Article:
Mark Falcoff is resident scholar emeritus at AEI. He is the author of several books including Cuba the Morning After: Confronting Castro’s Legacy. He writes further to posts for us on Cuba, most recently, in “Castro’s dreams come true,” “The Cuban paradox” and “More thoughts on Cuba.”
What is it with Castro and the liberals? It’s still a good question. Mark Falcoff writes:
The cat is now out of the bag as far as American liberals are concerned. They have always secretly adored the Castro regime, and now they can shamelessly express their feelings, since our president himself seems to think the dictatorship on the island is quite all right. There are few examples as tawdry, however, as the statements of Governor Cuomo, who, while visiting the island, pronounced the kind of tributes to the dictatorship one used to hear from Texas businessmen in the 1940s when visiting Trujillo’s Dominican Republic.
Why do American liberals love the Cuban dictatorship? Let me count the ways. First, it is a counter-example of the American way of life (suburbs, tacky shopping centers, automobiles, uninhibited consumerism). Second, it is a reproach to American foreign policy–if the Cuban dictator jails dissidents, or tortures them, or deprives their families of their ration cards, then it is OUR fault. If only we would be more loving and caring in 1959, none of this would have happened. (The Bay of Pigs is often cited even though their chronology is invariably wrong.)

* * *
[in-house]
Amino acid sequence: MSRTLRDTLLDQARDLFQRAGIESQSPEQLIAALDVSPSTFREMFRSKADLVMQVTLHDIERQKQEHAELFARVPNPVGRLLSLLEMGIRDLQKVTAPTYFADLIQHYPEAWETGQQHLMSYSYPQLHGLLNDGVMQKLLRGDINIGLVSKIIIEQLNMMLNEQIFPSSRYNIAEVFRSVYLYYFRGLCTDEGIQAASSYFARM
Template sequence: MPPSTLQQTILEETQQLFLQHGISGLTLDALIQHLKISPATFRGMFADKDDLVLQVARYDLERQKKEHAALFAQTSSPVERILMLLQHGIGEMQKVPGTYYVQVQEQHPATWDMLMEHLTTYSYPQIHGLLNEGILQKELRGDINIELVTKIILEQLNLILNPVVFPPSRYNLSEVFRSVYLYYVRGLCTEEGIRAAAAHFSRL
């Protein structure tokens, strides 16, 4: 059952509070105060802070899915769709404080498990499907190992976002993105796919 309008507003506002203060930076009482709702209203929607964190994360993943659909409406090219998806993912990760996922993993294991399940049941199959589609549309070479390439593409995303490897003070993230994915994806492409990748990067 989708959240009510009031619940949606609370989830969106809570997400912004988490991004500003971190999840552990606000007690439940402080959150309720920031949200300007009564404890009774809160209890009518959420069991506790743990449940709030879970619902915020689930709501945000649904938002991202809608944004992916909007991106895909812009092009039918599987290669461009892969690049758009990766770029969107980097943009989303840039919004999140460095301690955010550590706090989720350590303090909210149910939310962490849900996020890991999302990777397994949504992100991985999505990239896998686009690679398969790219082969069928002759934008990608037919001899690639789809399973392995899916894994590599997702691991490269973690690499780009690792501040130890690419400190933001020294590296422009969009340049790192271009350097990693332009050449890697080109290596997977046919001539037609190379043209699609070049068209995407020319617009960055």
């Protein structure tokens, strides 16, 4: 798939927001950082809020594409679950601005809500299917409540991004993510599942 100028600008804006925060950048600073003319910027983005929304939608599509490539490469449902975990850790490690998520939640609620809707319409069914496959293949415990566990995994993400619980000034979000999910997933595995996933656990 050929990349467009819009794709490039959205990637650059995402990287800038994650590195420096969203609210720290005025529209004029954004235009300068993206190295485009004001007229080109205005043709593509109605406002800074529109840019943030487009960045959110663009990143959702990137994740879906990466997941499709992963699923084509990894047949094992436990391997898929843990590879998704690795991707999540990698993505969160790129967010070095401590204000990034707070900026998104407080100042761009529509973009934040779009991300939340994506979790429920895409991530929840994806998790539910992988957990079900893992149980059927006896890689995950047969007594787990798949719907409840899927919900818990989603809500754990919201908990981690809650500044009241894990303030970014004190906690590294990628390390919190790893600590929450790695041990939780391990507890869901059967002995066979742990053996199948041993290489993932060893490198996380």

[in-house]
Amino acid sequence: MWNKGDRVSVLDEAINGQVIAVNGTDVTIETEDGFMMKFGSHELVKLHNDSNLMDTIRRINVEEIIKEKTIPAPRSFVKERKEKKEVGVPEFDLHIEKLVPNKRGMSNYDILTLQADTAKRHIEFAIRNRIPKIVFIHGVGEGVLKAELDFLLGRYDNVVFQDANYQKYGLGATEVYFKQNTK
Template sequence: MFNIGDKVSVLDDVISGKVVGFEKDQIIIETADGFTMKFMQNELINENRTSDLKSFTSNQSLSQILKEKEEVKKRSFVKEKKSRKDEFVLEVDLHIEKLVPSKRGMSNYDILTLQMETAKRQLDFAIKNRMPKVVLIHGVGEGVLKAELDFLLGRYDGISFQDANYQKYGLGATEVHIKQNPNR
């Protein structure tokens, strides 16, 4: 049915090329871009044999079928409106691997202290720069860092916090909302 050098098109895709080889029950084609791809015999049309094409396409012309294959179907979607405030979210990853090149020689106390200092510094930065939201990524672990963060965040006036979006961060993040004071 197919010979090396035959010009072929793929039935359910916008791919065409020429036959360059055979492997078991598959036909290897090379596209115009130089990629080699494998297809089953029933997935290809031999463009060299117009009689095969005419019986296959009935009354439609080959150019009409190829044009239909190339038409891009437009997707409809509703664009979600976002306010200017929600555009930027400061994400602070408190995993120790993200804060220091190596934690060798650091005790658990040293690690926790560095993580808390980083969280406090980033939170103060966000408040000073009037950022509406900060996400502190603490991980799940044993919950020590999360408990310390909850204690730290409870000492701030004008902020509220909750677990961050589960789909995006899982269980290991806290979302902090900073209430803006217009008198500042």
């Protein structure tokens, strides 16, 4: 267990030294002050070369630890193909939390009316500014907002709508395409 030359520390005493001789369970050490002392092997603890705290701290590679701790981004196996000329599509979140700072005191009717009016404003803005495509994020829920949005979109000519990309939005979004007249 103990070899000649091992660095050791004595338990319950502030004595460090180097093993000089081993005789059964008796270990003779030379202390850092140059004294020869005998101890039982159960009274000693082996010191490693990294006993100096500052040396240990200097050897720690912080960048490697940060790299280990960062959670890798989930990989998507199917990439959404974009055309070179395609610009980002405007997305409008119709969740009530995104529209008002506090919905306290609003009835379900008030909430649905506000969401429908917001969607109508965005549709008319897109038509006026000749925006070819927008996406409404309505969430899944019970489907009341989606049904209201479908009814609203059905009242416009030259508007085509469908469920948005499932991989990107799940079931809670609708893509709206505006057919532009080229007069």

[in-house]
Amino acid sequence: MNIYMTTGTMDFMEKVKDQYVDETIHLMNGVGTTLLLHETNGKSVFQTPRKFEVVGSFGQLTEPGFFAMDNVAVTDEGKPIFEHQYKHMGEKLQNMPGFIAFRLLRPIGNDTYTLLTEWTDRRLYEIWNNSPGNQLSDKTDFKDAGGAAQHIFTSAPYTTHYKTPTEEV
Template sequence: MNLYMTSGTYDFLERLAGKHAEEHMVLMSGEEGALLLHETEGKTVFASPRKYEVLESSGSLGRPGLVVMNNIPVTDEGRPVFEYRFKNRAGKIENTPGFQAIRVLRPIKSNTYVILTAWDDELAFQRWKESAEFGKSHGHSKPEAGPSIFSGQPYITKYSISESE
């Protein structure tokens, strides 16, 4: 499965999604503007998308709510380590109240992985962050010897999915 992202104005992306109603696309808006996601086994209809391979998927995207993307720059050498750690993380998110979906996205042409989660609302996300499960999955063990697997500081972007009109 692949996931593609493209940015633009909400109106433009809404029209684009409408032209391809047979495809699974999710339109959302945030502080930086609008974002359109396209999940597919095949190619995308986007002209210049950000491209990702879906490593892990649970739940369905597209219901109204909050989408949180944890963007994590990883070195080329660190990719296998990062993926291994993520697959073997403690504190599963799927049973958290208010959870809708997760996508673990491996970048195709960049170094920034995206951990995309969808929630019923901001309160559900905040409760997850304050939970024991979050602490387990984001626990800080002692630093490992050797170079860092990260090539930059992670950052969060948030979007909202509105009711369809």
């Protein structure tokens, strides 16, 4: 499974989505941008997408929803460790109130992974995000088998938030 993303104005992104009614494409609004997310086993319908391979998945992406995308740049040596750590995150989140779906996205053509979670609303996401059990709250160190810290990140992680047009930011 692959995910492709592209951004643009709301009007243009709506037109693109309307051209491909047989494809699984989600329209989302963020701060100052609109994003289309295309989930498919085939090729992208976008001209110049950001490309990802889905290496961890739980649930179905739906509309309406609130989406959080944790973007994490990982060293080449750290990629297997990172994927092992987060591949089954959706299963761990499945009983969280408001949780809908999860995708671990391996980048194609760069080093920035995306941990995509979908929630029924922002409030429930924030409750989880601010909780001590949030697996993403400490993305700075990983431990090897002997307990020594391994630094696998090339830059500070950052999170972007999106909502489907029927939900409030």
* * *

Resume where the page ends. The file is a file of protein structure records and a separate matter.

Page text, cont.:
Third–and this I get from a liberal with whom I had dinner recently–their love of Havana represents the obverse of their hatred of Miami Cubans, who are everything American liberals despise. Try as I might t explain to this guy that the people in Miami are far from his caricature, he would hear none of it. Their major sin seems to be the only ethnic group that solidly votes for the GOP.
Some of the arguments I hear from liberals are really quit amazing. One I hear quite often is, “Well, we’ve supported many dictatorships in the past and even do so today, so what’s the difference?” When I ask whether they approve of past U.S. support (real ore alleged) of the Pinochet dictatorship in Chile or the Somozas in Nicaragua, they change the subject.
The point is, they love Communism (in Cuba, that is), they love the Castros, they can’t wait to visit Havana, or so they tell me. So much for all their handwringing about human rights, torture, dictatorships, and so forth, that were their battle flags throughout the 1980s, when the Cold War was at its height.